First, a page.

I found a letter to Santa I wrote when I was in a third grader at Oakland Heights Elementary School in Russellville, Arkansas. It was published in the Courier Democrat in a special section one Sunday in December.
That was the Christmas I brought ridicule down on my father. He got boxes of brown hair in the mail. Multiple copies were laminated and given to me or him. No one let him forget about it.
When Jackson was 3, my dad gave him a whistle for Christmas. We’re even.
I can’t get over what seems to be actual joy in that letter. Somewhere in the 30 years since then, the entire holiday season has become dreadful for me. It wears me out. I can’t even deal with all the happy people, the music or that super creepy Elf on the Shelf.
I’m generally a dark-hearted gal. I’m fine with that. It’s one of the reasons you like me, if you do, or don’t like me, if you don’t. But it’s not really something you miss. So a season irrationally committed to joy isn’t really my thing.
Earlier this week, I had to have some dental work done. As she was drilling in my head, I could hear the song Do They Know it’s Christmas. It was like the seventh circle of Hell in Dante’s Inferno. (How terrible is this song? The guy who wrote it hates it! I’m just sayin…)
But somewhere in all the craziness this year, one theme keeps popping up: the definition of Immanuel, “God with us.”
I saw it reading Nadia Bolz-Weber’s book Pastrix.
I was stunned that Good Friday by this familiar but foreign story of Jesus’ last hours, and I realized that in Jesus, God had come to dwell with us and share our human story. Even the parts of our human story that are the most painful. God was not sitting in heaven looking down at Jesus’ life and death and cruelly allowing his son to suffer. God was not looking down on the cross. God was hanging from the cross. God had entered our pain and loss and death so deeply and took all of it into God’s own self so that we might know who God really is. Maybe the Good Friday story is about how God would rather die than be in our sin-accounting business anymore.
The passion reading ended, and suddenly I was aware that God isn’t feeling smug about the whole thing. God is not distant at the cross and God is not distant in the grief of the newly motherless at the hospital; but instead, God is there in the messy mascara-streaked middle of it, feeling as shitty as the rest of us. There simply is no knowable answer to the question of why there is suffering. But there is meaning. And for me that meaning ended up being related to Jesus – Emmanuel – which means “God with us.” We want to go to God for answers, but sometimes what we get is God’s presence.
It was there again in Jamie Wright’s post about her Christmas Tree that fell over. (I have to admit, I’m particularly drawn to people who’ve experienced fallen trees in any form)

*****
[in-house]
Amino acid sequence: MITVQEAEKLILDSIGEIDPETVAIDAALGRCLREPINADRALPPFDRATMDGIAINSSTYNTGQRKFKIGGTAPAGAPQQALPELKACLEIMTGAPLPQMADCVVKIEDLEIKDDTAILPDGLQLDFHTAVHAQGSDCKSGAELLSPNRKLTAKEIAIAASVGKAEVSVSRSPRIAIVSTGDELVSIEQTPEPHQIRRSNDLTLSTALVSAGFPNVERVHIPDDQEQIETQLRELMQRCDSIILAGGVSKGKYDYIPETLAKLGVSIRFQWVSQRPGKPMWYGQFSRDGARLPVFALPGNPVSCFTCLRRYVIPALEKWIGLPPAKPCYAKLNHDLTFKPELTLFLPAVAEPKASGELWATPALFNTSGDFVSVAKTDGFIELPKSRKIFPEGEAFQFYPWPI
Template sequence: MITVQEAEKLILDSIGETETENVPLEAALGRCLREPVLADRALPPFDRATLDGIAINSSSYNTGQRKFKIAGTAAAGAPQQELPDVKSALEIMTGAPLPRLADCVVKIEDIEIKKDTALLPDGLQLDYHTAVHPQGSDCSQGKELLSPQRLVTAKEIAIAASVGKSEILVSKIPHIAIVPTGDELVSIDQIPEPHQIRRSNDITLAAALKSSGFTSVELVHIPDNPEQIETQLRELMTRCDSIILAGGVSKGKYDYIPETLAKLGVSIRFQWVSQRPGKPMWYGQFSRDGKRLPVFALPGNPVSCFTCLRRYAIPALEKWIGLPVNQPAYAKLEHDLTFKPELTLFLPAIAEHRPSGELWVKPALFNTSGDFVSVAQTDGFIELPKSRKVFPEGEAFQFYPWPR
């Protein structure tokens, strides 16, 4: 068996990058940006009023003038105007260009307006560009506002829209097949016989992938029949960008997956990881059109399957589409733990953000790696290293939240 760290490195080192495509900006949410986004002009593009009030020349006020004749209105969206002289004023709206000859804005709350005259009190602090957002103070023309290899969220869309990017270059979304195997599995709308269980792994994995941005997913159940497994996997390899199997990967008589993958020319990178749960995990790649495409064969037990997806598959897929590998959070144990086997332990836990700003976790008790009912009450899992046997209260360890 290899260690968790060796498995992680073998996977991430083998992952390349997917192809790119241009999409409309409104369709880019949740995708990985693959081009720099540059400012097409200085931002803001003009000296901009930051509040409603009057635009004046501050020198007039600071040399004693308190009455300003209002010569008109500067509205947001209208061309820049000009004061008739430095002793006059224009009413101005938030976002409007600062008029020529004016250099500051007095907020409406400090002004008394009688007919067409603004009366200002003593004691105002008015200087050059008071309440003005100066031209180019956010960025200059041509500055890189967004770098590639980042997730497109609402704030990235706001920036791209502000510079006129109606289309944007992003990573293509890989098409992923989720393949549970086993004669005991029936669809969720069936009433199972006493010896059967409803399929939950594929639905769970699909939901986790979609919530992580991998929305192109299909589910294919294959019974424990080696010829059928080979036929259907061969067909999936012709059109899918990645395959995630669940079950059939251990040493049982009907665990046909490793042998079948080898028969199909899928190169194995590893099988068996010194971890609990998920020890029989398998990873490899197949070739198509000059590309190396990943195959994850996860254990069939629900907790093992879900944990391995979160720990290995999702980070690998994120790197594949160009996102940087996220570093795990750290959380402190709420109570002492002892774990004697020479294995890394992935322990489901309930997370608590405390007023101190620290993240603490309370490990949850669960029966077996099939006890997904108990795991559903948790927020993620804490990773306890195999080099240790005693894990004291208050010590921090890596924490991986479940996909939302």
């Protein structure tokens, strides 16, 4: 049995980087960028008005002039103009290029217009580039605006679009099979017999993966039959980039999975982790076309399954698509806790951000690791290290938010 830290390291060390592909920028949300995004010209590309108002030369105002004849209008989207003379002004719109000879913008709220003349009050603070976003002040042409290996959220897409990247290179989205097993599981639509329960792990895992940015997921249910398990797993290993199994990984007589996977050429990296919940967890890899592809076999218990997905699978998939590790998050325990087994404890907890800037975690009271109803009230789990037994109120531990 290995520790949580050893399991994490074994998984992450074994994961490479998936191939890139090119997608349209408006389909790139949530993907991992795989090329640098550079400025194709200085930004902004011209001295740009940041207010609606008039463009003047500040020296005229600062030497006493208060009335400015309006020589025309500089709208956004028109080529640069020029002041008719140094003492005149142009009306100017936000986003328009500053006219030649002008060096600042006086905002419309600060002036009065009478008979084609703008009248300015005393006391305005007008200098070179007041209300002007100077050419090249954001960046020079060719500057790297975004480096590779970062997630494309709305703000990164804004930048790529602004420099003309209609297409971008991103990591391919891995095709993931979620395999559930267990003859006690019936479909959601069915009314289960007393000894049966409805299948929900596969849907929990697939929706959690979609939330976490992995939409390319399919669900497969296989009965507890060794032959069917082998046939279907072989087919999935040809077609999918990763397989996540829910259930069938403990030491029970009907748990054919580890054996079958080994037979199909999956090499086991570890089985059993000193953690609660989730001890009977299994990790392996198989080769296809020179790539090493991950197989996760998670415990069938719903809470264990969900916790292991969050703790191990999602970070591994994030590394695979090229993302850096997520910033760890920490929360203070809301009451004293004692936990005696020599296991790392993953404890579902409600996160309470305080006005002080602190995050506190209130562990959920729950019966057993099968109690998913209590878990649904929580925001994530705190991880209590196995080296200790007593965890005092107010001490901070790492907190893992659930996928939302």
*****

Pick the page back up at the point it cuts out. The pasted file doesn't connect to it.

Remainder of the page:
I knew it was going to fall over — I wasn’t surprised at all when it did. Not even an hour before it made its big dramatic flop to the floor, I took pictures of it tilting off to one side, star drooping like a spent balloon. I kept asking no one in particular, “Do you think that tree is okay? Does that look right?” I knew it was all going to fall apart eventually, but I didn’t know how to fix it and I knew I couldn’t shore it up on my own, so I backed away, fingers crossed that it would last until Christmas. But it didn’t. It couldn’t. So we were all just waiting for it to go down.
Trees fall over sometimes. They just do.
It will never return to its former glory, that is certain. This poor tree is just gonna have to be a little shabby and a little wonky and a little bit lonely looking with so few ornaments left on it this year. But, to be honest, it warmed my own shabby, crooked soul to see it there, waiting for me this morning. That dinged and droopy star calling my name, whispering a truth that I needed badly to remember…
Jesus didn’t come to fix it all. He came to be with us in it all.
God with us.
And once more in the words of Frederick Buechner:
What keeps the wild hope of Christmas alive year after year in a world notorious for dashing all hopes is the haunting dream that the child who was born that day may yet be born again even in us.
Maybe Sarah Bessy is on to something when she writes about the tension and longing of Advent.
I’ll be honest, I’m not feeling the joy much these days. I’m learning to be okay with that. I’m learning to be okay with the sadness that rises, with the frustration of a broken world, with longings still unfulfilled, with the profound ache in my human heart for all things to be restored, to be redeemed, to be whole. I’m learning to turn towards the third way: the one that holds both the joy and the sorrow.
I’m not always a quick study. Sometimes I have to beat over the head with something before I get it. This year, even in my general state of malcontent, I keep getting the message of what it is to have God with us.
So maybe Advent works because it just does, even on a dark heart like mine. By making a space, I can make room for possibility. Maybe there really is comfort and joy if I allow myself to be more open to wonder and mystery.
But I can tell you right now, I’m never gonna like Christmas music. Seriously? The “clanging chimes of doom?” LordHaveMercy.